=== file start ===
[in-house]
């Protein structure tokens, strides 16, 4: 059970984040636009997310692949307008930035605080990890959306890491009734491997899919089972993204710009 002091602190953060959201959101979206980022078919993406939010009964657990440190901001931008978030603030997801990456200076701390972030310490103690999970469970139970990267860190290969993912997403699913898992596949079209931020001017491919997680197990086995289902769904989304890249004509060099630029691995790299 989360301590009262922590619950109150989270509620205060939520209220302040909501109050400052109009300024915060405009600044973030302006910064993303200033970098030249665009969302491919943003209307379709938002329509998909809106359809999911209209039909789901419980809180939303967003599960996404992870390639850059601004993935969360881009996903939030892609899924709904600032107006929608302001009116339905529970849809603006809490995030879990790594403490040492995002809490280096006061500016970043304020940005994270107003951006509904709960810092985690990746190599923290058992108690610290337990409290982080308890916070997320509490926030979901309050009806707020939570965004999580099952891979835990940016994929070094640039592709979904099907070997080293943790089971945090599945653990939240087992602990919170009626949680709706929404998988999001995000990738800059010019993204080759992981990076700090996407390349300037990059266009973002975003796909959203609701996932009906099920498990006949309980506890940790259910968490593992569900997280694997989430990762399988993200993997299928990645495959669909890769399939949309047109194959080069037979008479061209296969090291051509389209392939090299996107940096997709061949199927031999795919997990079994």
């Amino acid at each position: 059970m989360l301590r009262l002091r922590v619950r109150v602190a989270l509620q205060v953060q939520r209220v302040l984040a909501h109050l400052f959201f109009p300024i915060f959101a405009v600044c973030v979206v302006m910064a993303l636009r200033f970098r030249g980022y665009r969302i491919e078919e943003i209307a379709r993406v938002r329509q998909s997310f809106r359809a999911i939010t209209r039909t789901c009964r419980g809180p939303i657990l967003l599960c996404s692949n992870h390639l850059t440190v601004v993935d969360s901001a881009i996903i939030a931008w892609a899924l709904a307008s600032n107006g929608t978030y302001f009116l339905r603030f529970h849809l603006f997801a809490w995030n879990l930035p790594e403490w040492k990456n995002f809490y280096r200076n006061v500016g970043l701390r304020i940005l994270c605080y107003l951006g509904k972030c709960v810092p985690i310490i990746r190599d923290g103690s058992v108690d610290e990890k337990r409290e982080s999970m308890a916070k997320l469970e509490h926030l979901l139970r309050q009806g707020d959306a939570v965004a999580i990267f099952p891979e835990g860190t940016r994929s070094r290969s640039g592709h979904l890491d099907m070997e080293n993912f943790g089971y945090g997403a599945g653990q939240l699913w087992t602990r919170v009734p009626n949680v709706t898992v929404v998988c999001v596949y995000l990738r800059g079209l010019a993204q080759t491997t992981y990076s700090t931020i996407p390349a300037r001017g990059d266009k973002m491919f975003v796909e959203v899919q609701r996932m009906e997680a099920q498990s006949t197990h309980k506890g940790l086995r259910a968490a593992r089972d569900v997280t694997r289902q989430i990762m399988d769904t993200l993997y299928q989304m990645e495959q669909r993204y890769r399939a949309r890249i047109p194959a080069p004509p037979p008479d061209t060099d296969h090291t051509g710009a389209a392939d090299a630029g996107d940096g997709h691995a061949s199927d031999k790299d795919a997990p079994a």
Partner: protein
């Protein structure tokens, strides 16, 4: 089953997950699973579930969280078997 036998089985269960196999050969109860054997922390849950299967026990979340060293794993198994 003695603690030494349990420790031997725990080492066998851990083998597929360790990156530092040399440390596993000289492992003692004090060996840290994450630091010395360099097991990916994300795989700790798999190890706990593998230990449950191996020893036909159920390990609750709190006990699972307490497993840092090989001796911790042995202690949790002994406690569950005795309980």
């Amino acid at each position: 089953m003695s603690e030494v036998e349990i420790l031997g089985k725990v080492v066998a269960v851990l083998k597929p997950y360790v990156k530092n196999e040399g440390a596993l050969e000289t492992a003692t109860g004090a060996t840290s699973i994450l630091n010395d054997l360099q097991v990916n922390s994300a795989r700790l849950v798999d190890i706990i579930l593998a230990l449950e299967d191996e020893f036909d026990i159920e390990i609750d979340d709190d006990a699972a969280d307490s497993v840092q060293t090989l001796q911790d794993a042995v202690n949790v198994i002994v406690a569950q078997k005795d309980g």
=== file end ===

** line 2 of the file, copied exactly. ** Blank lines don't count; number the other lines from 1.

């Protein structure tokens, strides 16, 4: 059970984040636009997310692949307008930035605080990890959306890491009734491997899919089972993204710009 002091602190953060959201959101979206980022078919993406939010009964657990440190901001931008978030603030997801990456200076701390972030310490103690999970469970139970990267860190290969993912997403699913898992596949079209931020001017491919997680197990086995289902769904989304890249004509060099630029691995790299 989360301590009262922590619950109150989270509620205060939520209220302040909501109050400052109009300024915060405009600044973030302006910064993303200033970098030249665009969302491919943003209307379709938002329509998909809106359809999911209209039909789901419980809180939303967003599960996404992870390639850059601004993935969360881009996903939030892609899924709904600032107006929608302001009116339905529970849809603006809490995030879990790594403490040492995002809490280096006061500016970043304020940005994270107003951006509904709960810092985690990746190599923290058992108690610290337990409290982080308890916070997320509490926030979901309050009806707020939570965004999580099952891979835990940016994929070094640039592709979904099907070997080293943790089971945090599945653990939240087992602990919170009626949680709706929404998988999001995000990738800059010019993204080759992981990076700090996407390349300037990059266009973002975003796909959203609701996932009906099920498990006949309980506890940790259910968490593992569900997280694997989430990762399988993200993997299928990645495959669909890769399939949309047109194959080069037979008479061209296969090291051509389209392939090299996107940096997709061949199927031999795919997990079994």